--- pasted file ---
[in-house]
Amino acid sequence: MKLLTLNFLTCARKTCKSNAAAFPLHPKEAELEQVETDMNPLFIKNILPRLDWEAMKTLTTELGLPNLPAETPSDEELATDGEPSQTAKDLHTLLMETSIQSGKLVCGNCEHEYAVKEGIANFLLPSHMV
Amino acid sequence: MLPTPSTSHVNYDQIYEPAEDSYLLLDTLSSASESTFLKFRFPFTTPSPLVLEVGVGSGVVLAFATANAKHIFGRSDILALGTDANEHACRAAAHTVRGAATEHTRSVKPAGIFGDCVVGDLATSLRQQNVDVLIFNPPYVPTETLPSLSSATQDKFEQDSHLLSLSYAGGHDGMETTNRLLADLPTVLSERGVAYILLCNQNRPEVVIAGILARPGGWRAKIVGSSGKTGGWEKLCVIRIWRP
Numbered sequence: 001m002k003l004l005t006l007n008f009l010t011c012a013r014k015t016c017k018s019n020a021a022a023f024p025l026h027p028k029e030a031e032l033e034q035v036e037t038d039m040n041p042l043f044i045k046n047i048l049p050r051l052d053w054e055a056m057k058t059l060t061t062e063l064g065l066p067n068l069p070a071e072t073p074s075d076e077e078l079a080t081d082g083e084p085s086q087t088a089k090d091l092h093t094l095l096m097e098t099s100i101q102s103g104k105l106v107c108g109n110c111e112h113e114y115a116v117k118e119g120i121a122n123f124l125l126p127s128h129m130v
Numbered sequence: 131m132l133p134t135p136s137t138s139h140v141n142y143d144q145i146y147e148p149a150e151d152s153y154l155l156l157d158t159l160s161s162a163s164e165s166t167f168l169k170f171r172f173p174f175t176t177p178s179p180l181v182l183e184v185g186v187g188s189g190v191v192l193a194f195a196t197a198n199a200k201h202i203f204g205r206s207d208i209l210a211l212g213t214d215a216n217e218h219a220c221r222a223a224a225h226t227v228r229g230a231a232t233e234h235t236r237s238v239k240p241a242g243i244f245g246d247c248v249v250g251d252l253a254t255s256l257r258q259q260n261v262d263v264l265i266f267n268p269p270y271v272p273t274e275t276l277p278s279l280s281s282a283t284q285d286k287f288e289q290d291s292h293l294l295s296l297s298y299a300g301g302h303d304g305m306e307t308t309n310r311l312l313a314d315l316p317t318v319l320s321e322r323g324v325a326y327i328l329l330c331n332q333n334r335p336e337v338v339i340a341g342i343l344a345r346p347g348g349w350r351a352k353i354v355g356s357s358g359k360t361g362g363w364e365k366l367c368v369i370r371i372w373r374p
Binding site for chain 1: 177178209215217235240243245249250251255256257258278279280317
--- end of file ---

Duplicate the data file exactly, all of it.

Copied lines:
[in-house]
Amino acid sequence: MKLLTLNFLTCARKTCKSNAAAFPLHPKEAELEQVETDMNPLFIKNILPRLDWEAMKTLTTELGLPNLPAETPSDEELATDGEPSQTAKDLHTLLMETSIQSGKLVCGNCEHEYAVKEGIANFLLPSHMV
Amino acid sequence: MLPTPSTSHVNYDQIYEPAEDSYLLLDTLSSASESTFLKFRFPFTTPSPLVLEVGVGSGVVLAFATANAKHIFGRSDILALGTDANEHACRAAAHTVRGAATEHTRSVKPAGIFGDCVVGDLATSLRQQNVDVLIFNPPYVPTETLPSLSSATQDKFEQDSHLLSLSYAGGHDGMETTNRLLADLPTVLSERGVAYILLCNQNRPEVVIAGILARPGGWRAKIVGSSGKTGGWEKLCVIRIWRP
Numbered sequence: 001m002k003l004l005t006l007n008f009l010t011c012a013r014k015t016c017k018s019n020a021a022a023f024p025l026h027p028k029e030a031e032l033e034q035v036e037t038d039m040n041p042l043f044i045k046n047i048l049p050r051l052d053w054e055a056m057k058t059l060t061t062e063l064g065l066p067n068l069p070a071e072t073p074s075d076e077e078l079a080t081d082g083e084p085s086q087t088a089k090d091l092h093t094l095l096m097e098t099s100i101q102s103g104k105l106v107c108g109n110c111e112h113e114y115a116v117k118e119g120i121a122n123f124l125l126p127s128h129m130v
Numbered sequence: 131m132l133p134t135p136s137t138s139h140v141n142y143d144q145i146y147e148p149a150e151d152s153y154l155l156l157d158t159l160s161s162a163s164e165s166t167f168l169k170f171r172f173p174f175t176t177p178s179p180l181v182l183e184v185g186v187g188s189g190v191v192l193a194f195a196t197a198n199a200k201h202i203f204g205r206s207d208i209l210a211l212g213t214d215a216n217e218h219a220c221r222a223a224a225h226t227v228r229g230a231a232t233e234h235t236r237s238v239k240p241a242g243i244f245g246d247c248v249v250g251d252l253a254t255s256l257r258q259q260n261v262d263v264l265i266f267n268p269p270y271v272p273t274e275t276l277p278s279l280s281s282a283t284q285d286k287f288e289q290d291s292h293l294l295s296l297s298y299a300g301g302h303d304g305m306e307t308t309n310r311l312l313a314d315l316p317t318v319l320s321e322r323g324v325a326y327i328l329l330c331n332q333n334r335p336e337v338v339i340a341g342i343l344a345r346p347g348g349w350r351a352k353i354v355g356s357s358g359k360t361g362g363w364e365k366l367c368v369i370r371i372w373r374p
Binding site for chain 1: 177178209215217235240243245249250251255256257258278279280317